The specific focus of my PHD and what I am currently struggling with, it the role of emotions in this process. While there is no doubt that the personal engagement and authenticity of stories make them very engaging, there is also something about the often 'exaggerated tug on emotions' as Joe Lambert puts it (2013), that makes me very uncomfortable. This YouTube video exemplifies my feelings about the inherent  'risk of sentimentality' in the digital storytelling genre.

What I have seen, is that with emotions also comes the risk of sentimentality, of ranking oppressions (a colleague of mine called it the olympics of the oppressed, who can tell the sadder story?) and of sentimental reactions to these stories of hardship, bringing up emotions of guilt, pity in the privileged storylistener and anger, resentment on the part of the storyteller. Zembylas warns us that the unreflected listening to trauma stories can lead to:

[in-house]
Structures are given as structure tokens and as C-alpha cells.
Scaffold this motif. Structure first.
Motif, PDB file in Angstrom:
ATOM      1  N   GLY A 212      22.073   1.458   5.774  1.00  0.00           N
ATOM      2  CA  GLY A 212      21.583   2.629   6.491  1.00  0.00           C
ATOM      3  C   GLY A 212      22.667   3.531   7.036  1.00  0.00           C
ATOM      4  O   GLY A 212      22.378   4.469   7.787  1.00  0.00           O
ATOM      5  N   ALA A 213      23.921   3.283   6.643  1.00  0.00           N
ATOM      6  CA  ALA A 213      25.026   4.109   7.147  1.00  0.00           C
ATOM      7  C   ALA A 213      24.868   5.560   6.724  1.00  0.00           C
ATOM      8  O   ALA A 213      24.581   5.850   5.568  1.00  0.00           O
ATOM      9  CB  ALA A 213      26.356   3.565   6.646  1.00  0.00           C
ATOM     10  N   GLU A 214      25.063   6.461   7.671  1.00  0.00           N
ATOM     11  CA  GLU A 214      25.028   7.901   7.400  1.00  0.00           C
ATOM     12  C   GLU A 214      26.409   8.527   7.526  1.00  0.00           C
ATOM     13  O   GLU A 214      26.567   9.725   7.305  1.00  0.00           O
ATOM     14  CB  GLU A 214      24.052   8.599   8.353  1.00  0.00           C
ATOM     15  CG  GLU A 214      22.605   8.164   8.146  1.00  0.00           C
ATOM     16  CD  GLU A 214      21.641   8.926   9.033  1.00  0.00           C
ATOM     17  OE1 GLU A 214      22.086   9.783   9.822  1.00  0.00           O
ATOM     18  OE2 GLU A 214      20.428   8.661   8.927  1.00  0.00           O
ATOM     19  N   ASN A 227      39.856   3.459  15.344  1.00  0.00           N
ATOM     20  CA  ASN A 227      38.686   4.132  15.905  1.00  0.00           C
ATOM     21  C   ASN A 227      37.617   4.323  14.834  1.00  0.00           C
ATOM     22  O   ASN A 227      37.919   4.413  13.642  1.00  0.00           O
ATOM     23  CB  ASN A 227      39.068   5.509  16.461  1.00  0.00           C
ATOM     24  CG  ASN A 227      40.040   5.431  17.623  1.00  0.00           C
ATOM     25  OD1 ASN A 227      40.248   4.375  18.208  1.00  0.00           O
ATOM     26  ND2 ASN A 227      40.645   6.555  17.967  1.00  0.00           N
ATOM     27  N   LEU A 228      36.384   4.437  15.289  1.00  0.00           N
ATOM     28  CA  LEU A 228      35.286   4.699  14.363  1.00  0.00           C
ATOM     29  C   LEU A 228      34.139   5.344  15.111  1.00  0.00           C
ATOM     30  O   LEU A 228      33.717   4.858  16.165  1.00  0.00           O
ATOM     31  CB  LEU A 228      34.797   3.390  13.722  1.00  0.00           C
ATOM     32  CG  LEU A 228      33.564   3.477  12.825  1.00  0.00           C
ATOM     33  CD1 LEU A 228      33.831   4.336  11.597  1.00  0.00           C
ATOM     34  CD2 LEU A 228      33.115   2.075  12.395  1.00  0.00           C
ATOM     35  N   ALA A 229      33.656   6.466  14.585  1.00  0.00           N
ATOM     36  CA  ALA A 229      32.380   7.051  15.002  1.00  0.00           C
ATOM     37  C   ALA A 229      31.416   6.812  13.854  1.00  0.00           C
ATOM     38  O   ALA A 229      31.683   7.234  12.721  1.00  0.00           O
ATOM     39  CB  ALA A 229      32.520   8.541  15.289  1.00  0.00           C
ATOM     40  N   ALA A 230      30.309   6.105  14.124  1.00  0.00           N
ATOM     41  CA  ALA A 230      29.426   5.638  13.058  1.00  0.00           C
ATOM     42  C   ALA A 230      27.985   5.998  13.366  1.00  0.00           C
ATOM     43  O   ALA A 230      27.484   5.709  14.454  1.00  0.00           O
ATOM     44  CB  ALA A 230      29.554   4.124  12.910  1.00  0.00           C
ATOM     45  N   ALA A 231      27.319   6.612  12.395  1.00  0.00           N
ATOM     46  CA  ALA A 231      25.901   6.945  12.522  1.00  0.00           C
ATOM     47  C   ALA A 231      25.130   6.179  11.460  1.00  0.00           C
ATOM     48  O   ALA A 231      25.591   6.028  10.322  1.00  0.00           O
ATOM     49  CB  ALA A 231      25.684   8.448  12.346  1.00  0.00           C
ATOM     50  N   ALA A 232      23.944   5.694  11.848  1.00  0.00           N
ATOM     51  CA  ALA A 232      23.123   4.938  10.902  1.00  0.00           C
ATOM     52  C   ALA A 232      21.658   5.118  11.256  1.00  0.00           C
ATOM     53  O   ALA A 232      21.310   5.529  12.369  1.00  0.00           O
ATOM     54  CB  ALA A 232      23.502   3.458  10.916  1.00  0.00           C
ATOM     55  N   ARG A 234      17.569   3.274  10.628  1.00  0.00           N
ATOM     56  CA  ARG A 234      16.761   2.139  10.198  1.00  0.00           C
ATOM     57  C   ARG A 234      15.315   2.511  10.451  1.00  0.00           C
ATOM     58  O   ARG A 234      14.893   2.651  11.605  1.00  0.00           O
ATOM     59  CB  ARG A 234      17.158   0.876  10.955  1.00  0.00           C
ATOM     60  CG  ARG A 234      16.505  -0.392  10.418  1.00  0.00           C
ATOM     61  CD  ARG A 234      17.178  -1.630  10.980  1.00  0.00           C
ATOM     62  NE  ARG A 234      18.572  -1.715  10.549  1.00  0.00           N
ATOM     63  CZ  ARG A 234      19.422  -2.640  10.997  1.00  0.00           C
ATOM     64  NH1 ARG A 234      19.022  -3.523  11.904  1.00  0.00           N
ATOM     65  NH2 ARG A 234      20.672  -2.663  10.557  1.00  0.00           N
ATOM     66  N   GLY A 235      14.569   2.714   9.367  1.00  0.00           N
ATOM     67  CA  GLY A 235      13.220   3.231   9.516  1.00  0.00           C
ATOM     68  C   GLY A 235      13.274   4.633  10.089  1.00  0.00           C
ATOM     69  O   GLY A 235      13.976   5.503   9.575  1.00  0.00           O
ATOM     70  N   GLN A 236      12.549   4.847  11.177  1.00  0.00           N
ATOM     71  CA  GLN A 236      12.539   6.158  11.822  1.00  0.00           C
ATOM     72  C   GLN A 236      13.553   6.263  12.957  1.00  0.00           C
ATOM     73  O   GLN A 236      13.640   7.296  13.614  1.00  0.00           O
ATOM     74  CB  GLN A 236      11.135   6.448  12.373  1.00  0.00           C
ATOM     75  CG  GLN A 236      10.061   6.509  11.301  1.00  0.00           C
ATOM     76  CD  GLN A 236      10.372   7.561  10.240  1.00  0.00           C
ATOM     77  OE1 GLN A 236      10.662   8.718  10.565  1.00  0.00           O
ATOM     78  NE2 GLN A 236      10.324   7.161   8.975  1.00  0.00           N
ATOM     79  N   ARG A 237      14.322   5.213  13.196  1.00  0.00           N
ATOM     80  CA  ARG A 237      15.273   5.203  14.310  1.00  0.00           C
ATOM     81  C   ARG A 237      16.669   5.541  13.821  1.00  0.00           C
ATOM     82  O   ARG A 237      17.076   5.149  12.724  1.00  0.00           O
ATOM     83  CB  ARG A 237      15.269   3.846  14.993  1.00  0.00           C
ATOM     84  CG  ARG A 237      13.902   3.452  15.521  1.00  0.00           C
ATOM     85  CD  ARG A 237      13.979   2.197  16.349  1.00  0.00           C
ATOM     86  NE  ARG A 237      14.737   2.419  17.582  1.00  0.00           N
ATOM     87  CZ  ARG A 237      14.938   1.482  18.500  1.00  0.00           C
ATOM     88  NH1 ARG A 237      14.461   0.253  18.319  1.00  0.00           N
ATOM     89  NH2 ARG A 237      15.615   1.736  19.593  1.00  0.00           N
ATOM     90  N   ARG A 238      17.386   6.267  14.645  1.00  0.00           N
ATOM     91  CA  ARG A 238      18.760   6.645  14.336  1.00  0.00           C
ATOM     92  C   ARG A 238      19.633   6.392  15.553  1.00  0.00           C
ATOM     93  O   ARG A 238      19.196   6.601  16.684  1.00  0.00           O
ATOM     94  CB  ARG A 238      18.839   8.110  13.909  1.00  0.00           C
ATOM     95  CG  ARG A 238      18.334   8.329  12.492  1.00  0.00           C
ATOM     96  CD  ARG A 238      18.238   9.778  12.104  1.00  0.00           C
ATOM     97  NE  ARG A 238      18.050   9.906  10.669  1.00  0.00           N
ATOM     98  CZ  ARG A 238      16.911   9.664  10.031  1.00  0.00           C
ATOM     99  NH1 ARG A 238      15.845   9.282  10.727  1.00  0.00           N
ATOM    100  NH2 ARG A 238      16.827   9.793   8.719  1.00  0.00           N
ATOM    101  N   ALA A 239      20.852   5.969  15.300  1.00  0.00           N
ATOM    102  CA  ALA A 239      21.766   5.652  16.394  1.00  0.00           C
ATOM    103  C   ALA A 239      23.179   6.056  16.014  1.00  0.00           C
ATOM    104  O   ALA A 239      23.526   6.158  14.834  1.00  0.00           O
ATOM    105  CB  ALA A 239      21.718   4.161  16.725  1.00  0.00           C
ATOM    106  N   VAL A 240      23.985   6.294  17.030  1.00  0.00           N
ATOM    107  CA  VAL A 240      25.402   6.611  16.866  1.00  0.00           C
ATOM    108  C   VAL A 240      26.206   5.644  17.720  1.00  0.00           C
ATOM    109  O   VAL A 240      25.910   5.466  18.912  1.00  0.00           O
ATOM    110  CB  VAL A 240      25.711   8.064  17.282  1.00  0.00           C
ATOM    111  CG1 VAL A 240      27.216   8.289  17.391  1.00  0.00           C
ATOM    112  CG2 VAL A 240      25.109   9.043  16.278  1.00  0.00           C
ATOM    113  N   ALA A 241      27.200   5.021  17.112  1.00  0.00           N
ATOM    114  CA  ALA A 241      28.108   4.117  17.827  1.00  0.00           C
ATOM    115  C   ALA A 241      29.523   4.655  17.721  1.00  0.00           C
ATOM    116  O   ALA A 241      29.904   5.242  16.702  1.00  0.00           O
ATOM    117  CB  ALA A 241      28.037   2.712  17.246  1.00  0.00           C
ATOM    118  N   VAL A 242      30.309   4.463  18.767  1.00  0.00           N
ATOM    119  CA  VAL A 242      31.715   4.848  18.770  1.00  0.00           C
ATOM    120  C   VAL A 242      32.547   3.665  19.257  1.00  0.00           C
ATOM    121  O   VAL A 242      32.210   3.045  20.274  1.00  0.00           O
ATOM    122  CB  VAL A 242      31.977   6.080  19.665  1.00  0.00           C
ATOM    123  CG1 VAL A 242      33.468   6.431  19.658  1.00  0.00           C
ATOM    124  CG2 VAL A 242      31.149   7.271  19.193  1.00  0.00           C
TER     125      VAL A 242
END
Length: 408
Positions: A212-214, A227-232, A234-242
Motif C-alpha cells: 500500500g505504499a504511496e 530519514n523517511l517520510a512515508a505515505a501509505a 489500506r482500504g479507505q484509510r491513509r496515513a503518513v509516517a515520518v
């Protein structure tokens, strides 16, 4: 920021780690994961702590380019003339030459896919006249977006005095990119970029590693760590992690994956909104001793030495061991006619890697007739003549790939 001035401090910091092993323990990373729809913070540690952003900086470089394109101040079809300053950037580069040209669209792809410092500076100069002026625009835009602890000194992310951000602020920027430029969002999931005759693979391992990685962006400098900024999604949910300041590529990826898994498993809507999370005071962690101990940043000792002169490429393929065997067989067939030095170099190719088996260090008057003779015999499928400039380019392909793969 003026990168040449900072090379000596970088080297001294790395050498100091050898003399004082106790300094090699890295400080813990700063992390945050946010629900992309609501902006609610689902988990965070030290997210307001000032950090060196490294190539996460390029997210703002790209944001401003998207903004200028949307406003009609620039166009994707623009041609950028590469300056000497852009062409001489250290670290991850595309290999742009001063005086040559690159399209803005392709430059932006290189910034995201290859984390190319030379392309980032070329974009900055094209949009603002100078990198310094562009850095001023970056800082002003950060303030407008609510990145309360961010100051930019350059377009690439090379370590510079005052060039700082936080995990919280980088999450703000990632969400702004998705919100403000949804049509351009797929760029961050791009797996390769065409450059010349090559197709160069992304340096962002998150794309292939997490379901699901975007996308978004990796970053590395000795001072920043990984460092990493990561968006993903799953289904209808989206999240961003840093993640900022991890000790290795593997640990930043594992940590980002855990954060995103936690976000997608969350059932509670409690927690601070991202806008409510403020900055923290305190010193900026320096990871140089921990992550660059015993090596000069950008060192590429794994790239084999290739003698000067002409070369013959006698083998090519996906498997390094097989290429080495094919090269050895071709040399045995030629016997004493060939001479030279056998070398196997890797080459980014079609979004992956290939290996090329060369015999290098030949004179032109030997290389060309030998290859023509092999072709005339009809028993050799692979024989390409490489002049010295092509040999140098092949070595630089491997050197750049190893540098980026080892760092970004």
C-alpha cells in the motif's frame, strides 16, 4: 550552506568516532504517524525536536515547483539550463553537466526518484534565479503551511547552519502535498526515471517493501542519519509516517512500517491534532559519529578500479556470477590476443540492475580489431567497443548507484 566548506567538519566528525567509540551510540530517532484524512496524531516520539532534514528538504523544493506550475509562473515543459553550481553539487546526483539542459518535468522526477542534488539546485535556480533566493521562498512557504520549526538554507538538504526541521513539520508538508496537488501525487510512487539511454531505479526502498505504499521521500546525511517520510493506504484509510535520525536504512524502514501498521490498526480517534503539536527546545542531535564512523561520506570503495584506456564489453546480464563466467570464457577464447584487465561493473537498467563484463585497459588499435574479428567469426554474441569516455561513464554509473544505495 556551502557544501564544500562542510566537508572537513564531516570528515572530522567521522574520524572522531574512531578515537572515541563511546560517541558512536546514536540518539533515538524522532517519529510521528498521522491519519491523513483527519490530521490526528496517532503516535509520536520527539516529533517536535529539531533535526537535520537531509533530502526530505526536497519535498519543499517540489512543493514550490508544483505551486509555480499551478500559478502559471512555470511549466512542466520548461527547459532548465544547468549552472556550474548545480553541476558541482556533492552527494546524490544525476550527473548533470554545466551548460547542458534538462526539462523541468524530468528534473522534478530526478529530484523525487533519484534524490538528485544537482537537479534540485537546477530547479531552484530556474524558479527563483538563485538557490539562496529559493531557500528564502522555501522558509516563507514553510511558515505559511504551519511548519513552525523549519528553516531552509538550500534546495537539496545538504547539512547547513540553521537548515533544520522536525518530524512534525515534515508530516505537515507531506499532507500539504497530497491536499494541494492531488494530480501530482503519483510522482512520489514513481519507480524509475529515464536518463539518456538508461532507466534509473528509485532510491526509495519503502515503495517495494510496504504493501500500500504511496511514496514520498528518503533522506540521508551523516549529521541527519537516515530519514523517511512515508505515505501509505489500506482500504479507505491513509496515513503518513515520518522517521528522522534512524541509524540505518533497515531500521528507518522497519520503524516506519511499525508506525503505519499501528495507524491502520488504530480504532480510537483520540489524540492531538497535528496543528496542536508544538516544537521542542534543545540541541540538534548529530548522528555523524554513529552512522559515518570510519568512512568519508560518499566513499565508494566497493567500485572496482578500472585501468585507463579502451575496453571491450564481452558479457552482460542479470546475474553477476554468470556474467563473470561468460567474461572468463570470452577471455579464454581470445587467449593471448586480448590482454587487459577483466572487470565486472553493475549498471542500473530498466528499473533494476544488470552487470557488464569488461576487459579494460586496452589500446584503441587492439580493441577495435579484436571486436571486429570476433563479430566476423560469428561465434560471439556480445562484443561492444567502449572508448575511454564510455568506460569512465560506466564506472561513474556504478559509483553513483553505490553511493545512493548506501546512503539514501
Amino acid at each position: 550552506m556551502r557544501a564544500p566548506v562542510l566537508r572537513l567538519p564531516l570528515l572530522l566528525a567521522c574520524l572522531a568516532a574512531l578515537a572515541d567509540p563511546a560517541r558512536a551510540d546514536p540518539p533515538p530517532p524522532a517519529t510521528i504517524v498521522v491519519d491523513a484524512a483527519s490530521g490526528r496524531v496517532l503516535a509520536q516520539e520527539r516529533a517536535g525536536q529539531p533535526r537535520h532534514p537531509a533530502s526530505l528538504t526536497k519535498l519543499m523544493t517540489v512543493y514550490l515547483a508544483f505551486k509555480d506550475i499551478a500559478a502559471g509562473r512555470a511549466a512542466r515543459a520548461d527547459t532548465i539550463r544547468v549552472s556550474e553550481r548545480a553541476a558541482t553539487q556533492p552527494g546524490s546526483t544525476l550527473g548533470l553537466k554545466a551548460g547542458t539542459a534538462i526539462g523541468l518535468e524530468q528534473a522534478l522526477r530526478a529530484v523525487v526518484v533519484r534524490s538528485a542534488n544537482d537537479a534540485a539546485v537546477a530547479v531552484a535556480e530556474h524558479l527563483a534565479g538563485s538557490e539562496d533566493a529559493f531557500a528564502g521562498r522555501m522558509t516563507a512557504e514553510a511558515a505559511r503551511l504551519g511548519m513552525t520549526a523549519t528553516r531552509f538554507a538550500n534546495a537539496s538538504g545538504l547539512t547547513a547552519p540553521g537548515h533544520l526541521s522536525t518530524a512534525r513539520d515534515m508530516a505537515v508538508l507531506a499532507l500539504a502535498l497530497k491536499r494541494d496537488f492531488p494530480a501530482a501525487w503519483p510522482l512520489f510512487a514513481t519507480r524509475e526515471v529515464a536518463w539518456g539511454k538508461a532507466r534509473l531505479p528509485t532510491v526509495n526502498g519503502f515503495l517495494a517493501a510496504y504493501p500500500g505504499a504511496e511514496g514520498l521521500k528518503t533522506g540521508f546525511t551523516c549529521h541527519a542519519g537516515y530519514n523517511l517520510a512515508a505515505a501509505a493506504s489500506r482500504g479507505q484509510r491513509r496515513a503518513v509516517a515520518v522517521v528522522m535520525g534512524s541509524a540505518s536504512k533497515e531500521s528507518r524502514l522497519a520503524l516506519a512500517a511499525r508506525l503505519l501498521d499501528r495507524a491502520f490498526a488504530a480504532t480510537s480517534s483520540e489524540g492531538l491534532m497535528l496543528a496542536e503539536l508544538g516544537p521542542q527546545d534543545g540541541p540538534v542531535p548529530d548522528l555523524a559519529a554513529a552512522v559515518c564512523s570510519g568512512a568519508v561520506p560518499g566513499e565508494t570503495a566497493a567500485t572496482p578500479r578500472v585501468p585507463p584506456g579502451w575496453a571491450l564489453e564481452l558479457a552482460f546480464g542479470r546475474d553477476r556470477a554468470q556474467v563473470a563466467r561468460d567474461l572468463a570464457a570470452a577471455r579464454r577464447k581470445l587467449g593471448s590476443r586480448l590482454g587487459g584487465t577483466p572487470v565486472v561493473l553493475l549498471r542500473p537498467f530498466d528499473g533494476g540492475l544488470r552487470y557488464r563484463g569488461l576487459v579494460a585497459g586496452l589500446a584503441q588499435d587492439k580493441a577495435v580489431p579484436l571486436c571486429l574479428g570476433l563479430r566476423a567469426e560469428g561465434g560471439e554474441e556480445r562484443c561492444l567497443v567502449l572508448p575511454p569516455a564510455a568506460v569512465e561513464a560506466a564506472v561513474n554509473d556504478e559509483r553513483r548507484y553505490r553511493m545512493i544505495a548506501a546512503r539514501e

‘first, a sentimental reaction by students who identify with privilege and respond defensively yet feel uncomfortable and guilty, fearing that they will be exposed as immoral by refusing to bear any longer a population’s collective suffering; second, an intense resentment by those who feel subordinated and may eventually get stuck in victim politics; and third, the desensitization of the student-spectators who get irritated by the scenes of suffering in some way, refuse engagement with it or minimize its effects, misread it conveniently, and reduce it to a few pedantic phrases.